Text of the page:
When Ronald Johnson refused to come out of his house on North Buckeye Street last week, the Kokomo Police Department’s SWAT unit sprang into action.
Police say Johnson, who is a suspect in a sexual battery case, threatened the alleged victim in the case with a handgun, setting the stage for a police standoff.
After repeated efforts to coax Johnson from the house failed, SWAT members surrounded the house and fired a “flash bang” device into the house. Moments later, Johnson walked out the front door with hands raised and surrendered without injury.
Maj. Anthony Arnett, a 13-year veteran of SWAT, said that peaceful conclusion is how most SWAT call-outs end.
The incident with Johnson is just one of numerous calls KPD’s SWAT unit has been called to this year.
SWAT is often called to assist in serving high-risk arrest warrants, performing hostage rescue or armed intervention when someone barricades himself in a home or building or to engage heavily armed people, said Arnett.
In last week’s call-out, SWAT was needed since Johnson refused to come out of his house and was possibly armed.
Going into situations like that can be dangerous.
“You never know what you’re going up against,” Arnett said.
“There’s always that nervousness — not really scared. You don’t know 100 percent how it’s going to play out.”
In last week’s call-out, Arnett and the other members were training with police negotiators on the south end of town when they heard the incident unveiling, he recalled.
“We were already in SWAT mode,” Arnett said. “We were waiting for the word.”
When it comes to the number of call-outs, Arnett said it varies from year to year.
“Some years we will have 50 call-outs, and other years we have 10.”
Led by Cmdr. Capt. Robert Salinas, the SWAT team of 14 fortunately hasn’t had any deaths or any members shot during police action, but members have had to fire on a suspect a few times in the past.
The latest came in October 2003, when an Ohio fugitive was shot by a Kokomo SWAT team member.
The fugitive, Steve A. Murphy, 52, was injured, but survived.
Murphy was shot once in the abdomen after he allegedly held police at bay for two hours at an apartment in the Walnut Creek complex on the city’s far southeast side.
“We’re very fortunate,” said Arnett, who serves as assistant commander. “I like to believe it’s because we have highly trained officers on this team.”
Often, he said, SWAT units are portrayed in a bad light, which is not the case with this unit.
“People see SWAT on TV and the movies, showing SWAT unloading thousands of rounds and tearing up houses. It’s not like that. It’s all about safety,” said Arnett. “We are a life-saving unit.”
Unlike in larger cities, Kokomo and Howard County’s SWAT members are regular officers who work a scheduled shift and are called to SWAT assignments when needed.
The SWAT members have been through specialized SWAT training and have additional training once a month.
“We have a very specialized group of guys,” Arnett said. “We have a K-9 unit, bomb technicians and highly trained veterans.”
When it comes to training, Arnett said members prepare for the unknown. Incidents like school shootings or the Boston Marathon bombings are incidents that aren’t expected, but SWAT has to train for them, just in case.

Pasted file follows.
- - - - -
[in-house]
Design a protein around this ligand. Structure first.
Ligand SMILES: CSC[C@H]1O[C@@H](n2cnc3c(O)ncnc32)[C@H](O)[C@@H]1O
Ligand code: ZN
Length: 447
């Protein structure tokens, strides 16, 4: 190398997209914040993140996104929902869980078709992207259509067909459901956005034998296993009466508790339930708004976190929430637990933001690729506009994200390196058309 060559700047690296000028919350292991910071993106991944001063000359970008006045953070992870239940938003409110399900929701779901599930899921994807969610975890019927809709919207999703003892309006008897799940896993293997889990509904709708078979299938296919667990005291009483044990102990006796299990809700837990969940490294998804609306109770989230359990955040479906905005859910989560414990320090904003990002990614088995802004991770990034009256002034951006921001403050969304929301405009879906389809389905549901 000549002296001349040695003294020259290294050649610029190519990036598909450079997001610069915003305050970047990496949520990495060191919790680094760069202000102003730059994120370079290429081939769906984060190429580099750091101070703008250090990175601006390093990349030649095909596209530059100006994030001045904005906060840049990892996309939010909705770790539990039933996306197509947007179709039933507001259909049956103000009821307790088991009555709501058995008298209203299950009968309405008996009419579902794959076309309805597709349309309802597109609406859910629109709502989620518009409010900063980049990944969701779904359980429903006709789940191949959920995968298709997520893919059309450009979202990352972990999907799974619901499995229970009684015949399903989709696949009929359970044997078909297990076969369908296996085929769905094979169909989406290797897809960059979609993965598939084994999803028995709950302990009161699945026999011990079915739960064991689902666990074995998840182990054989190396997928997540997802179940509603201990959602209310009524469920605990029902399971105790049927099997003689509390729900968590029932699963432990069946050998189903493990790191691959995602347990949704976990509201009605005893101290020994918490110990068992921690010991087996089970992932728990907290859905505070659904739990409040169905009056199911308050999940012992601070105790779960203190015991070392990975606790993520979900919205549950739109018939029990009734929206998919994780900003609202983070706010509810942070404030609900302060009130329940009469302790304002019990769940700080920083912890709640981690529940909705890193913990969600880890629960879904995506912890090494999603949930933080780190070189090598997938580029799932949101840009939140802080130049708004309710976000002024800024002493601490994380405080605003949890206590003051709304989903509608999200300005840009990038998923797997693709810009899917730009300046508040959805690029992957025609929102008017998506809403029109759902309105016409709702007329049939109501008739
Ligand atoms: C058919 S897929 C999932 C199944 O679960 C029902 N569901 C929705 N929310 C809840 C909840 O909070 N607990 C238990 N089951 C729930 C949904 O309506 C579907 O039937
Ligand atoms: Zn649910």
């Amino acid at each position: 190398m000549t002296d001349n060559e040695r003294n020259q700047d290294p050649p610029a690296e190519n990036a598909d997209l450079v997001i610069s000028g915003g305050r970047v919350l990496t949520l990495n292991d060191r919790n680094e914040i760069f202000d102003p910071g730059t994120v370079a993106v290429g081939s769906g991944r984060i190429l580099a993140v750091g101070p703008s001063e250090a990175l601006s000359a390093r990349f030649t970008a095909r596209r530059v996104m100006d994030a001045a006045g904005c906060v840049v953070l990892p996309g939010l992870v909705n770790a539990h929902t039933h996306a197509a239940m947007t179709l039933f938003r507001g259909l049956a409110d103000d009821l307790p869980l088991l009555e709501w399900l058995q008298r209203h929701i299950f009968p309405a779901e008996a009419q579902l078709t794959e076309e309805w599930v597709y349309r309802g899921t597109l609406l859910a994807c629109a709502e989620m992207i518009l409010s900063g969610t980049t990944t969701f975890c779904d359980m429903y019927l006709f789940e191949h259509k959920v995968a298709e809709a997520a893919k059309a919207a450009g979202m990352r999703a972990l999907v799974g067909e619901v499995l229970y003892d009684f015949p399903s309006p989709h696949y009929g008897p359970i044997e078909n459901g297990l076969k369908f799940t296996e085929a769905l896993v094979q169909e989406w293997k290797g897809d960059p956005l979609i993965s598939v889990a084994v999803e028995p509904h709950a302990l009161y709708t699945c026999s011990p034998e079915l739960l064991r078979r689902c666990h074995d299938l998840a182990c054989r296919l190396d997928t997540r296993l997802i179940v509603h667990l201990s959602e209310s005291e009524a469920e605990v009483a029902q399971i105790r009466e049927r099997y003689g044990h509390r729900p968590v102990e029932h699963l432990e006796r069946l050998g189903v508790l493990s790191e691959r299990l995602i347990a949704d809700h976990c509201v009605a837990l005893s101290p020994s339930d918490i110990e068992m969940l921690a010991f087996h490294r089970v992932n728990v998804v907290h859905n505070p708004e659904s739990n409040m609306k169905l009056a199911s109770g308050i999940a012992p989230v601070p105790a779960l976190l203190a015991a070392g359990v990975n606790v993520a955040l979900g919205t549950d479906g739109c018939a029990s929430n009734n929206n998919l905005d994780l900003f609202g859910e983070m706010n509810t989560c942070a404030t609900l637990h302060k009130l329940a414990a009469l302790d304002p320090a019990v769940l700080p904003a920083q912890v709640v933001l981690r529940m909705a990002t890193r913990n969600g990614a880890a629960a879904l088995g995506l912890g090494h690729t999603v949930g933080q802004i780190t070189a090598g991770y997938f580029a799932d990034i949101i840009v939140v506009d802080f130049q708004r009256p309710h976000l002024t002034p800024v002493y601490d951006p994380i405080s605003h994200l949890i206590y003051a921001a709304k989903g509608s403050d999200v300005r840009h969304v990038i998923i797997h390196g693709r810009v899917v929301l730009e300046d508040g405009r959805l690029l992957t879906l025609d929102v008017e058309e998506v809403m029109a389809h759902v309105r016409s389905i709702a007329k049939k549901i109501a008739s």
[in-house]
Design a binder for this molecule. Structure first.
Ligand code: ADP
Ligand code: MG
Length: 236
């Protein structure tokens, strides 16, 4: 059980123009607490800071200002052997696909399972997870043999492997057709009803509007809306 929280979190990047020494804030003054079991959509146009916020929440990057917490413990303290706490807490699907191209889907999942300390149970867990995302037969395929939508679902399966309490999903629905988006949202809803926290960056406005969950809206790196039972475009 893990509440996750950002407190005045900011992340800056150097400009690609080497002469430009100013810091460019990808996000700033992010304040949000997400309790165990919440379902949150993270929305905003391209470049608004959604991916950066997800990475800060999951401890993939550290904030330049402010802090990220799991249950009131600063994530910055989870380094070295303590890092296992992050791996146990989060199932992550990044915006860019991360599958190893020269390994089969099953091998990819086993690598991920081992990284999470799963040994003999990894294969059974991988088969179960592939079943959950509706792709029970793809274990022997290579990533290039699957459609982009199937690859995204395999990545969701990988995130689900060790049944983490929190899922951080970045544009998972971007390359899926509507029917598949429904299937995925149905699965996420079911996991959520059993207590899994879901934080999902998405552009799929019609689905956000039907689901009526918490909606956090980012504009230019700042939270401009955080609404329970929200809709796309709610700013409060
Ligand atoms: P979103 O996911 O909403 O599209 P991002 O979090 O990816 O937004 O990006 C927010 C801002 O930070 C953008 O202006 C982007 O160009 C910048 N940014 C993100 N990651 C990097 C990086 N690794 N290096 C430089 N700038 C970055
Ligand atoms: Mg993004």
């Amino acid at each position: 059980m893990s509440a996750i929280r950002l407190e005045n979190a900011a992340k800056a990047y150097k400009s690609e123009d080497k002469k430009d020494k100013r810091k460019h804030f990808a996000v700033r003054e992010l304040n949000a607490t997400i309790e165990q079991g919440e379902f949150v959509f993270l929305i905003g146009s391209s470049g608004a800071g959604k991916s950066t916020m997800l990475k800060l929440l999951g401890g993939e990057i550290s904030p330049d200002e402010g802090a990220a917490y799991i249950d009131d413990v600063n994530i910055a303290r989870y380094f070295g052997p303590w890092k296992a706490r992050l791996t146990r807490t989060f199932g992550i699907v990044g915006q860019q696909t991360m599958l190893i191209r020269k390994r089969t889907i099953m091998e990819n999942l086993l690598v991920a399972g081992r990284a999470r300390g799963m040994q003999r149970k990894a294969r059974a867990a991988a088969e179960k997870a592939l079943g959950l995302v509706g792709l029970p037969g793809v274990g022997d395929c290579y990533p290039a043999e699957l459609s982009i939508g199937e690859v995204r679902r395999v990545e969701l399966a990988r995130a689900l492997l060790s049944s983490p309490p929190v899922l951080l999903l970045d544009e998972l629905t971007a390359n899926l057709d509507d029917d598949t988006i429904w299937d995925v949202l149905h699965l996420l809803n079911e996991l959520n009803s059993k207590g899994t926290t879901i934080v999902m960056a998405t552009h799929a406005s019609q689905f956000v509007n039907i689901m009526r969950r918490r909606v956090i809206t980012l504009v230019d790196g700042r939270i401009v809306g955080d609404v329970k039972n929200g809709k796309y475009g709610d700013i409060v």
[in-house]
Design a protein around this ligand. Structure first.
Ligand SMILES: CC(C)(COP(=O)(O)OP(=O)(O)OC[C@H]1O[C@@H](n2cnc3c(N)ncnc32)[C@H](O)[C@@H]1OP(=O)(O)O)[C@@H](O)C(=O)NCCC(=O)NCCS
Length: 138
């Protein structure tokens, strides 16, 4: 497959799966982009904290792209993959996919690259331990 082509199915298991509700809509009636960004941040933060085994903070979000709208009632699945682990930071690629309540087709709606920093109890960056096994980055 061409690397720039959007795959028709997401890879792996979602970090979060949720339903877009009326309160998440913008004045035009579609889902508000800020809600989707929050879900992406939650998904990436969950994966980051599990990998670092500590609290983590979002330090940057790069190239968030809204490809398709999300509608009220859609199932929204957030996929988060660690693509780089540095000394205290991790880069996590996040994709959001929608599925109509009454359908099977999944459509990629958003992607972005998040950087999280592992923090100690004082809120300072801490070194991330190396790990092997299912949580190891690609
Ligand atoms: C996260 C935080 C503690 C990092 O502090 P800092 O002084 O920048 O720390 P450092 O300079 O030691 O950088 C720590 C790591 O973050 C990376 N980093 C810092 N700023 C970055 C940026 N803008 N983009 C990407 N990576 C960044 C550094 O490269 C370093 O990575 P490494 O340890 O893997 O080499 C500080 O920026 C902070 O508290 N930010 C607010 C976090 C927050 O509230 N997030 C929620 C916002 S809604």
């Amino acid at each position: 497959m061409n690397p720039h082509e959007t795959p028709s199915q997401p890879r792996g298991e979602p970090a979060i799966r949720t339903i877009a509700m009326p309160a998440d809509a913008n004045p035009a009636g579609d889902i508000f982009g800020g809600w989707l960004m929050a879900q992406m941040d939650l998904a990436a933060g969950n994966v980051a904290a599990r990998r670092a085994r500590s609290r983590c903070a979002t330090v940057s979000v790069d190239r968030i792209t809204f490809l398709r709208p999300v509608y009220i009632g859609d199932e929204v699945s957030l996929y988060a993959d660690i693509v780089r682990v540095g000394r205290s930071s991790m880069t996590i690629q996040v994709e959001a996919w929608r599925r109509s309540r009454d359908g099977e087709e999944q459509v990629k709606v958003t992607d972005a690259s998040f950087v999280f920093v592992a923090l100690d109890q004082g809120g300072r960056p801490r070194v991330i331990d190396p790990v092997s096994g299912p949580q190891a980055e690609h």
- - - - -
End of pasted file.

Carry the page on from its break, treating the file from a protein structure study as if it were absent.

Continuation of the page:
“We try to stay on top of new things,” he said. “Like the Wal-Mart incident where a guy takes a child hostage. You never expect you have to shoot someone in a Wal-Mart. We have to train for anything.”
When called to an incident, members are tasked with lugging around 60 to 65 pounds of tactical gear, which includes a BDU or Battle Dress Uniform consisting of camouflage pants and shirt, a helmet, eye protection, elbow and knee pads, protective boots, a gas mask, a fully automatic rifle and ammunition. SWAT also has access to ballistic shields and less-than-lethal weapons, which include bean bag rounds, rubber bullets and Tasers.
Like KPD’S SWAT unit, the Howard County Sheriff’s Department SWAT handles barricaded subjects, hostage negotiations, high-risk warrants and search warrants, Cmdr. Capt. Greg Hargrove said.
“We probably average four or five times a year,” he said of the number of call-outs.
“We also have a local agreement with Tipton where our SWAT unit and dive teams get called out. We probably have more calls in Tipton than we do here,” he said.
The team consists of nine deputies and two medics.
When his unit is called to a situation, Hargrove said the key is gathering as much information as possible before going into action.
“Usually there’s an officer on the scene setting up perimeters and giving us information. Plus we have hostage negotiators who set up a report with the subject.
“We try to gear up for the worst case,” he said. “A lot of it is gathering information and making sure our facts are correct and set up some kind of communication.”
Instead of having a deputy on the scene rush in with adrenaline pumping, SWAT members and negotiators can keep the situation under control.
“It gives the suspects time to regroup and think about what they’re doing. We basically defuse the situation. It gives everybody time to take a breath,” Hargrove said. “Suspects are more willing to talk to you. We’re there to back up the negotiators.”
The sheriff’s department SWAT, like KPD’s, has not had any major injuries or shootings.
“Knock on wood. I think we had a guy slip on the ice going up to a house. Besides that, we’ve had no major incidents or major injuries,” Hargrove said.
The commander also said his team trains with Kokomo SWAT in case a situation like Columbine or Sandy Hook happens.
“It gets pretty taxing,” he said of the training. “We can’t wait for something bad to happen. We have to have a plan beforehand.”